Here's what he says. He says, for all but just a handful of members, if you put them on truth serum, they knew that the election was fully legitimate and that Donald Trump was a joke. The vast majority of people get the joke.

The thing is that we all know what happened to Republicans who have spoken out against Trump, and that is nothing good, Mark.

LEIBOVICH: Well, I mean, it depends how you measure it. I mean, there are certain people like Liz Cheney and Jeff Flake and Adam Kinzinger and Mitt Romney and a few others who actually take a longer view and say that they are playing for keeps.

I mean, this is history's verdict. They want their children to sort of looked proudly upon how they contributed during a very, very precarious moment in American history. They actually care about their legacy.

But there are also a number of instances in reporting this book where I would talk to Lindsey Graham or I would talk to Kevin McCarthy or any number of people and say, you know, do you worry about your legacy, do you worry about being remembered as someone who lied for Donald Trump?

And almost to a person, they were just contemptuous of the question. They would sort of look at me as if I had three heads and they would say, you know, why would I care about that? Like, where is the statue to Jeff Flake or Liz Cheney? You now, as if to say, there's really no reason to look beyond the day-to-day experience of keeping Donald Trump happy or not sort of triggering him in some way.

So, to me, it was a very short term and precarious game. And, you know, I would be talking to Kevin McCarthy and it would be like a big orange light fixture was about to fall on his head whenever I would mention Donald Trump's name. I mean, his body language would just sort of tense up and you could sort of see it over and over again. So, I think this whole --

LEMON: They are scared of him?

LEIBOVICH: -- that Trump has on these leaders are still, you know, very strong.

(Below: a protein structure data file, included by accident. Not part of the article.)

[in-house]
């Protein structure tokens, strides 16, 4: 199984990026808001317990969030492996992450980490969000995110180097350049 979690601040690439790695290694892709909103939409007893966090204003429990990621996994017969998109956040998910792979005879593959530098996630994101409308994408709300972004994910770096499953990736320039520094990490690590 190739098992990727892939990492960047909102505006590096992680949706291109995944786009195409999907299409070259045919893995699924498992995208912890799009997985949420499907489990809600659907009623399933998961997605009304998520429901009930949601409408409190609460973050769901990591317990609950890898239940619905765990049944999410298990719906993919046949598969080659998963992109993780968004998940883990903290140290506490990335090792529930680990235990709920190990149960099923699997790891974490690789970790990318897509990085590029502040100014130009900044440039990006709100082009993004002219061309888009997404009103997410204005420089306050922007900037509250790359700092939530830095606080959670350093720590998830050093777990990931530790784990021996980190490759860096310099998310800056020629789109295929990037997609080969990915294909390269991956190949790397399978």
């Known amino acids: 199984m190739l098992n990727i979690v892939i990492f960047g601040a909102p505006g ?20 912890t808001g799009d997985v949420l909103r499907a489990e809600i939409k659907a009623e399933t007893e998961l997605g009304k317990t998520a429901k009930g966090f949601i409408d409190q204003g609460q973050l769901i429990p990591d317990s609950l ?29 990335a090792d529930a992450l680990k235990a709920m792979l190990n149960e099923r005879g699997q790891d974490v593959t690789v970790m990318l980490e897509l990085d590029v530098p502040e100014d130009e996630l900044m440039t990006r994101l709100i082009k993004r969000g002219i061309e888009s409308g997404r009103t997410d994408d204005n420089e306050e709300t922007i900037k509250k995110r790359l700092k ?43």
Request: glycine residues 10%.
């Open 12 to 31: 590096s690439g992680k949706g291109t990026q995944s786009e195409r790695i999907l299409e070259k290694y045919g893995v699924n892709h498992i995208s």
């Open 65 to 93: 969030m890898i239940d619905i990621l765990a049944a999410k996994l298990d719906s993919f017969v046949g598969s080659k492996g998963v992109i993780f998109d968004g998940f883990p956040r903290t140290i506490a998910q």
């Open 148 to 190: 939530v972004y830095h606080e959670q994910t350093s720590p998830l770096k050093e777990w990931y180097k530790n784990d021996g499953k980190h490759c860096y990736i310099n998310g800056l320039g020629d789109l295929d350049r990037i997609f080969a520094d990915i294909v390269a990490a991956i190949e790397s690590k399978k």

LEMON: I mean, viscerally (ph), you can see that. Physically, do you think it's fear? Was that fear you're seeing?

LEIBOVICH: Absolutely. Absolutely. I mean, in some ways, it's a joke. I mean, like, to use the old Washington phrase, you've got to get the joke. That's like an unspoken truth that wouldn't be prudent to say on the record but we all know what we are dealing with here.

I think by and large, many Republicans will say privately that they understand that Donald Trump is not fit to be president. At worst, he is a criminally dangerous character.

LEMON: Yeah.

LEIBOVICH: But again, it's a bad career move to say it in public and self-perpetuation is sort of the drug that keeps them here. So, they are going to, you know, make whatever deal they are going to make.

LEMON: The quote from Lindsey Graham that he told you was he's good for business which means that this is all about personal gain and that's not going to change.

Mark, let me ask you, you spoke with the former Republican congressman who told you that the party's only real plan for dealing with Trump this 2024 -- in 2024 is to -- quote -- "waiting for him to die." You say --


LEMON: -- the only other strategy is to hope he goes away. That's it? That's all they got?

LEIBOVICH: Yeah. I mean, to emphasize, this was a member -- a Republican member of Congress saying this to me.


And essentially, I think it goes very -- it's obviously a dark view but it goes to the passivity of so many people in the Republican Party, just sort of hoping the problem goes away on itself and we don't have to do anything.

You know, to me, that's the ultimate path of least resistance. I think, if you want to change something in politics, you should speak up. I think history will probably remember those who have more favorably than those who have not.

LEMON: This is beyond the book, your sort of personal view. Are these hearings penetrating at all?

LEIBOVICH: Much more than I thought than they would. I really had fairly modest expectations. But I think they have been tremendous. I think they have been handled really well.

I love the fact that the members of the panel are giving these long speeches. I think ultimately, the fact that the Republicans have been largely the witnesses -- I mean, Republicans who have been in the room have been very effective.

And it's been pretty simple. I am pleased. I hope they continue. Ultimately, you know, there is going to be a blockade of information among the big part of the country, but I think it's been pretty good so far and I hope it continues.

LEMON: Mr. Mark Leibovich, thank you, sir. The book again is called, "Thank You for Your Servitude." And we appreciate you joining us. Thank you so much, okay?

LEIBOVICH: Thanks, Don. I appreciate it.

LEMON: An unarmed Chicago 13-year-old now paralyzed after a police shooting. CNN exclusively obtaining the body cam footage. We are going to show it to you right after this.




LEMON: CNN exclusively obtaining body camera footage of Chicago police shooting an unarmed Black 13-year-old. Attorneys for the teen saying that he had his hands up and was turning around to surrender after being pursued when an officer shot him. Now, he is paralyzed.

Here's CNN's Omar Jimenez. But I have a warning for you, some of the content in his report is graphic.


UNKNOWN (voice-over): Drop the gun!

OMAR JIMENEZ, CNN CORRESPONDENT (voice-over): They were the final moments of a foot chase.